DAR Classic Films: Menace II Society

Once again, another DAR Roundtable of sorts to discuss a classic film to close out DAR Film and TV Week. Today, we gathered to discuss Menace To Society and the impact this film had. Let's get into it.

When it comes to Menace II Society, I have to file it under the classic category. The movie came out at a very distinct time. A lot of young adults were able to relate to what the movie portrayed.

The lead character Cain was figuring his way through life in the ghetto. He stayed with his grandparents in hopes of a better outcome. Cain's best friend O-Dog didn't operate the same way. We got a chance to see how people with different mentalities interacted on a daily basis.

Cain also learned the ins and outs of relationships. My favorite line comes into play when Cain sees his girl (played by Jada Pinkett) being roughed up.

"Dawg, you strapped?"
"You know it!"

While Cain doesn't shoot anyone, he does enough damage to make a point.

I love this movie for its transparency. I love that it's timeless and it's raw. There aren't many films that require my attention whenever they're being aired but this will forever be one of them.

"Menace..." was the very first movie I ever saw of its kind. I was young at the time and I remember I had no idea what to expect, needless to say, it became one of my favorite movies. I like Menace II Society even more than "Juice" and "Boyz in the Hood" because of the way it was written, directed and acted. I absolutely love the casting in this movie, I think each and every person played their character perfectly. They were believable and engaging and really let us viewers into their world and carried the entire story flawlessly. The soundtrack was a perfect fit for this movie as well.

I have no idea what it's actually like in Watts, let alone growing up there or living there, but I think this movie was a fairly accurate depiction. It isn't a plethora of drive-by's or an obscene amount of naked women or even an abundance of scenes glorifying negative lifestyles. While these things do take place in this movie, but not often, so that it is actually believable much like it is in real life.

I liked that the movie is done through the narrative of Caine and his perspective. Through Caine, we see the upbringing I'm sure many have gone through, with drug dealer and/or addict parents, bad influences throughout life, loss of family and acceptance from "friends" rather than actual family members. Throughout the first half of the movie we learn the importance of friendships and loyalty, and how these things can get you caught up. This movie came out on '93 and it amazes me how true and accurate the opening scene was and still is in present day, 2 African American men go into a store and are instantly faced with racism and of course they react; and they do so in a graphic, sudden and spontaneous way. Although I "knew" it would happen, every time I watch this movie I still jump when O-Dog repeatedly pulls the trigger and kills the store owner. I also find it very thought provoking that scenes from the 1965 Watts riots are shown, and you hear Caine say "after this, is when drugs came into effect", at that point you know you're in for a lot of crazy drama.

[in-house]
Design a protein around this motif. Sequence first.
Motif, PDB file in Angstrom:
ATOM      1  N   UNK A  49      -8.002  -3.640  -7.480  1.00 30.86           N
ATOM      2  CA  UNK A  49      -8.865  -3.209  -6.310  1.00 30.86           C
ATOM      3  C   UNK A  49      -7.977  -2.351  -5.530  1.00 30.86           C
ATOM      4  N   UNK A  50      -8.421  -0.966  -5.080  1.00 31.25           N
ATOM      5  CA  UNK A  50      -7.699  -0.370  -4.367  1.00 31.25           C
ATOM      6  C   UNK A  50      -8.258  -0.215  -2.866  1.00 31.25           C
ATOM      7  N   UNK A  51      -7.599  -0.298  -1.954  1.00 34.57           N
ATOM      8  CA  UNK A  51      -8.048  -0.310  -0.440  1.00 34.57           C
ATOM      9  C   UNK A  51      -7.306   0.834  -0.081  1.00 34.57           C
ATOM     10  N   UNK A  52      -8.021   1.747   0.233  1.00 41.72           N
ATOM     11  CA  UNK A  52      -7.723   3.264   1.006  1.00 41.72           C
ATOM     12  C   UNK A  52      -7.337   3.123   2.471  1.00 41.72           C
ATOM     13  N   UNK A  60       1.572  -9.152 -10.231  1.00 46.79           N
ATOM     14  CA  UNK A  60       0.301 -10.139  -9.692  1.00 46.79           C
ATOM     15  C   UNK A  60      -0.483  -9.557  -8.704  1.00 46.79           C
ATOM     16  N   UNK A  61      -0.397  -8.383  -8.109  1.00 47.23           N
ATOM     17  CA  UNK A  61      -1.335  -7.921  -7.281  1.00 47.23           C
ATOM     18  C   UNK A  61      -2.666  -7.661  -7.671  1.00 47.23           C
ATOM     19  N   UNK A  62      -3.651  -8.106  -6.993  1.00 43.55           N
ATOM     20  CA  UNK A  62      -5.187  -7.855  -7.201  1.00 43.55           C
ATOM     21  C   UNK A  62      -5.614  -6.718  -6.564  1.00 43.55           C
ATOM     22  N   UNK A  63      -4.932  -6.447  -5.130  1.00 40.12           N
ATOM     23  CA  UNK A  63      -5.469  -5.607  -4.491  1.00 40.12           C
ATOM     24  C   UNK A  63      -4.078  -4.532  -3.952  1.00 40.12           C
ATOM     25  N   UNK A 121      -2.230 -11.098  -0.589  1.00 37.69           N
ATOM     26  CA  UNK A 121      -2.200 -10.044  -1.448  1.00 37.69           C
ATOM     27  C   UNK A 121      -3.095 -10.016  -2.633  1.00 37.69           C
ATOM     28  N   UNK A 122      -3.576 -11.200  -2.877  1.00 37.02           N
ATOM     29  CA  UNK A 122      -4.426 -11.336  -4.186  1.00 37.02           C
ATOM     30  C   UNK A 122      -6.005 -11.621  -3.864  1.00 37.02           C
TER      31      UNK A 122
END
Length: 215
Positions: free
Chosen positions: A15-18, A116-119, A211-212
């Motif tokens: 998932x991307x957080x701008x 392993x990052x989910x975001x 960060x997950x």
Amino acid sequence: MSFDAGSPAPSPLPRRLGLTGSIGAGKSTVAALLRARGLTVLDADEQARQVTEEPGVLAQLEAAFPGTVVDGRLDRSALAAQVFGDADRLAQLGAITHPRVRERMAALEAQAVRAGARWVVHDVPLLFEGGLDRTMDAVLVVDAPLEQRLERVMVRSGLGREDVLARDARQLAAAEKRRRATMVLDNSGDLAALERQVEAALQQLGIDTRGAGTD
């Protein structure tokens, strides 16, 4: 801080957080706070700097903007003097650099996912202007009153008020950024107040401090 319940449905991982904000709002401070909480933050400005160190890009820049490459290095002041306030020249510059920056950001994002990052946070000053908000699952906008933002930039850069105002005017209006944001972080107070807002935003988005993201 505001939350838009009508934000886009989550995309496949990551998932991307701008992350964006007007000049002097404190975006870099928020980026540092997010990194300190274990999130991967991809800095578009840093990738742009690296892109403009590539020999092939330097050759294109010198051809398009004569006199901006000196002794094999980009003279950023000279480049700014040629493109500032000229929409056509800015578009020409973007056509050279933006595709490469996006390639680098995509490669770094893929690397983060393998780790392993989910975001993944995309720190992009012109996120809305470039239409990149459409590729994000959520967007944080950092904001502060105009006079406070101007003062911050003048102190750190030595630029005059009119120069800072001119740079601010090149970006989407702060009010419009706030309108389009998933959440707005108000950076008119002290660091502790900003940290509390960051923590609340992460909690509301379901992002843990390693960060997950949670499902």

I think there are many important elements incorporated into this movie, the fact that Caine graduating high school is the most important thing to him and his grandparents and is celebratory, indicating that he wants better for himself. Of course, the scene that always sticks out in my mind is when Caine has Ronnie's son in his lap and is teaching him how to hold and shoot a gun. At that point, I think you know Caine has this lifestyle weaved into him, he doesn't see it as a big deal, but rather something a kid can or should know; he passed that down much like the way he learned when he was a kid.